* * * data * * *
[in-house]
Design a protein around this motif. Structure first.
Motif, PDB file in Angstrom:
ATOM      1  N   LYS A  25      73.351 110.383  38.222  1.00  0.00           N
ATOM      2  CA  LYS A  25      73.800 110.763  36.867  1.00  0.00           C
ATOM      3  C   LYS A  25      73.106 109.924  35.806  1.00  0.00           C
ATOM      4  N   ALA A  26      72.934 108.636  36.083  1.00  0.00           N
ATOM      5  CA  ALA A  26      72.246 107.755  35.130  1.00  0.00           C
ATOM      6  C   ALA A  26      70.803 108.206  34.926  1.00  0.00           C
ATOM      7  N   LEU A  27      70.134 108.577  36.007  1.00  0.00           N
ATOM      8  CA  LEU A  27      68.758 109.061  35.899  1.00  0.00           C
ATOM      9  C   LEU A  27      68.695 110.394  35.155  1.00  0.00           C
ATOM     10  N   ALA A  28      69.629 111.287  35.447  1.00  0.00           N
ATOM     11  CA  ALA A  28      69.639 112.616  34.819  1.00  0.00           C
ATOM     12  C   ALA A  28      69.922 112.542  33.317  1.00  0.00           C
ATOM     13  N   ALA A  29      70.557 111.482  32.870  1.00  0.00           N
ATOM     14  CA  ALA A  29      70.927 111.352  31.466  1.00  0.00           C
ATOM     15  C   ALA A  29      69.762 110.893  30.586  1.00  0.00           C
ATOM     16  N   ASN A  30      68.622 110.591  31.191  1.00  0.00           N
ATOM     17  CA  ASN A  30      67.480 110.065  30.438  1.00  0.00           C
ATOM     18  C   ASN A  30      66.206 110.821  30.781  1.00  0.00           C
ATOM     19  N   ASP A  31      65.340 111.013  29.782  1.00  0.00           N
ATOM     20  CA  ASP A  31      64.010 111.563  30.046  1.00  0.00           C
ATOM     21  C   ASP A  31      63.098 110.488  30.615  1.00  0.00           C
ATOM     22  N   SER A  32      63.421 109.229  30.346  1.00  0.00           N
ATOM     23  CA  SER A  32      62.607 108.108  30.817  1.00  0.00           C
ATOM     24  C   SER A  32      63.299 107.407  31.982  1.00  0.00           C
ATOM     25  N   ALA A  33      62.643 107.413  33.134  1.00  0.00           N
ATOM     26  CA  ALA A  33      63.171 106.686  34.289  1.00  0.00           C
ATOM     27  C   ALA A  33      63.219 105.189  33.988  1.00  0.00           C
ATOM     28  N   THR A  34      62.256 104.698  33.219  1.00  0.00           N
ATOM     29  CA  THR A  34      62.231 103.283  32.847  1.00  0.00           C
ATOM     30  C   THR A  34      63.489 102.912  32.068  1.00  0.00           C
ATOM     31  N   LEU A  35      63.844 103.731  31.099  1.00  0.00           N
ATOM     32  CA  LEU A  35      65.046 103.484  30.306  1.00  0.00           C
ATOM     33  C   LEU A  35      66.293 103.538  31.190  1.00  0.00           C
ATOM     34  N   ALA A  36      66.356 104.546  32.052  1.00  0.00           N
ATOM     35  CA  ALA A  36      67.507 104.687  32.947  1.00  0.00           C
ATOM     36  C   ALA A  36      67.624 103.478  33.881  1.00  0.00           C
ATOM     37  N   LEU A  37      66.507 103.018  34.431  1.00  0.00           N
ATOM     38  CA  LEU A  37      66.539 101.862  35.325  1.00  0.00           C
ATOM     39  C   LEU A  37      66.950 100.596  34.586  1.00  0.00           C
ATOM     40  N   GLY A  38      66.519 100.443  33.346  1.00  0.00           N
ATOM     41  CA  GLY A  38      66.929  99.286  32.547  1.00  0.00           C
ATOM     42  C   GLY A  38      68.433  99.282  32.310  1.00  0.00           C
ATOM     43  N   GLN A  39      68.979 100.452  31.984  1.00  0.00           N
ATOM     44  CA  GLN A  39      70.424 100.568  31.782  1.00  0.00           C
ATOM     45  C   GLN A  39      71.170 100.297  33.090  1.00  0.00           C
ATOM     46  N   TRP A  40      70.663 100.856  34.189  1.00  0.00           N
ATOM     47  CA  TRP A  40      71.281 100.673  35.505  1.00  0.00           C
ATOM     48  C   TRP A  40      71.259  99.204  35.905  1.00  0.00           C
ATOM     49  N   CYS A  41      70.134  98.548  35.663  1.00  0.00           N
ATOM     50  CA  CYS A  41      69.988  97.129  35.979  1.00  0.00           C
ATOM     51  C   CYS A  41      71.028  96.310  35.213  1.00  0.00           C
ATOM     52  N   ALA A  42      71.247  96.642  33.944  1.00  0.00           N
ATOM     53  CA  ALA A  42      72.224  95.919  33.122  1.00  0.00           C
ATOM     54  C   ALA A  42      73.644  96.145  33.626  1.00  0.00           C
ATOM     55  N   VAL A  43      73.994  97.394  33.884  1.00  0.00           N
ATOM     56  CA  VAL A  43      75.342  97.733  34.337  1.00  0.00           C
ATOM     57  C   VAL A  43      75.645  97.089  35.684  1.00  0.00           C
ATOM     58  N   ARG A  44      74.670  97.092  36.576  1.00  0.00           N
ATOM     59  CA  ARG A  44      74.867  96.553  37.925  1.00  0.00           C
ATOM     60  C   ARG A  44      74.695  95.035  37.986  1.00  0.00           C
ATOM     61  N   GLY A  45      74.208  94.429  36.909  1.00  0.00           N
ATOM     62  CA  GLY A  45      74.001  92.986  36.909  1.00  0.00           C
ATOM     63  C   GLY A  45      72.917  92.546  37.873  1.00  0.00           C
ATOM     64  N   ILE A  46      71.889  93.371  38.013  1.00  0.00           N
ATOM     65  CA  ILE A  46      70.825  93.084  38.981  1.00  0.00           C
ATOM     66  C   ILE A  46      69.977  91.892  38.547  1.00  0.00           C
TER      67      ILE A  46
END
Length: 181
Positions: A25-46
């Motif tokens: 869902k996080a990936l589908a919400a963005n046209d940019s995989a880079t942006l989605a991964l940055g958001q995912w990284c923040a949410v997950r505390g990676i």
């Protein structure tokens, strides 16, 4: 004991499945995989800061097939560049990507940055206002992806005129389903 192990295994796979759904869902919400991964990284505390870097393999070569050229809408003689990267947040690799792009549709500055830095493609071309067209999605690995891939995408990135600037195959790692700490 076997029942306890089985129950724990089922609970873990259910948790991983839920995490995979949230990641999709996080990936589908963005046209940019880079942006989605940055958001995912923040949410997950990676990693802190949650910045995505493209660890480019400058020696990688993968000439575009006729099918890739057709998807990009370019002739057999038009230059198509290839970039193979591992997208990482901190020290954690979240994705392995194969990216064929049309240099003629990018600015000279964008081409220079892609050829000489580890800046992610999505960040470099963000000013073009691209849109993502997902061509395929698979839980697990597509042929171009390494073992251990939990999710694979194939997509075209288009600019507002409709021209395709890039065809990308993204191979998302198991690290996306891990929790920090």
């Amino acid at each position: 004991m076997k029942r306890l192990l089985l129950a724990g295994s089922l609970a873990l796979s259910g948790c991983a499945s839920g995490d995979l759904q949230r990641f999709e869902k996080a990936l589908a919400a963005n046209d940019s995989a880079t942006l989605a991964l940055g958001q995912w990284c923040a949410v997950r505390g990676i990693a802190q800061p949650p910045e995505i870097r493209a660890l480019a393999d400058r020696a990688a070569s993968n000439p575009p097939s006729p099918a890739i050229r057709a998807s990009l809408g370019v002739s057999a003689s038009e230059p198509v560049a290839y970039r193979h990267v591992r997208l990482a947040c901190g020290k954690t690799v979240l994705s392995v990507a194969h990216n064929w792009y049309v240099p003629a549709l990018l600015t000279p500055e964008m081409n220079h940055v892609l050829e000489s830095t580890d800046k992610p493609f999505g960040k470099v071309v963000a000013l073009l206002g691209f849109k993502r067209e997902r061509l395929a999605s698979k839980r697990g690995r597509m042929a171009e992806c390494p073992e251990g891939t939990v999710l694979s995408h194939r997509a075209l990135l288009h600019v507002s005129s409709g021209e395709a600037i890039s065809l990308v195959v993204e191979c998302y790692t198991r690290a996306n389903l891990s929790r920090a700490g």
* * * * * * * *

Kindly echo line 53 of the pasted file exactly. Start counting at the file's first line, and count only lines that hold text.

ATOM     50  CA  CYS A  41      69.988  97.129  35.979  1.00  0.00           C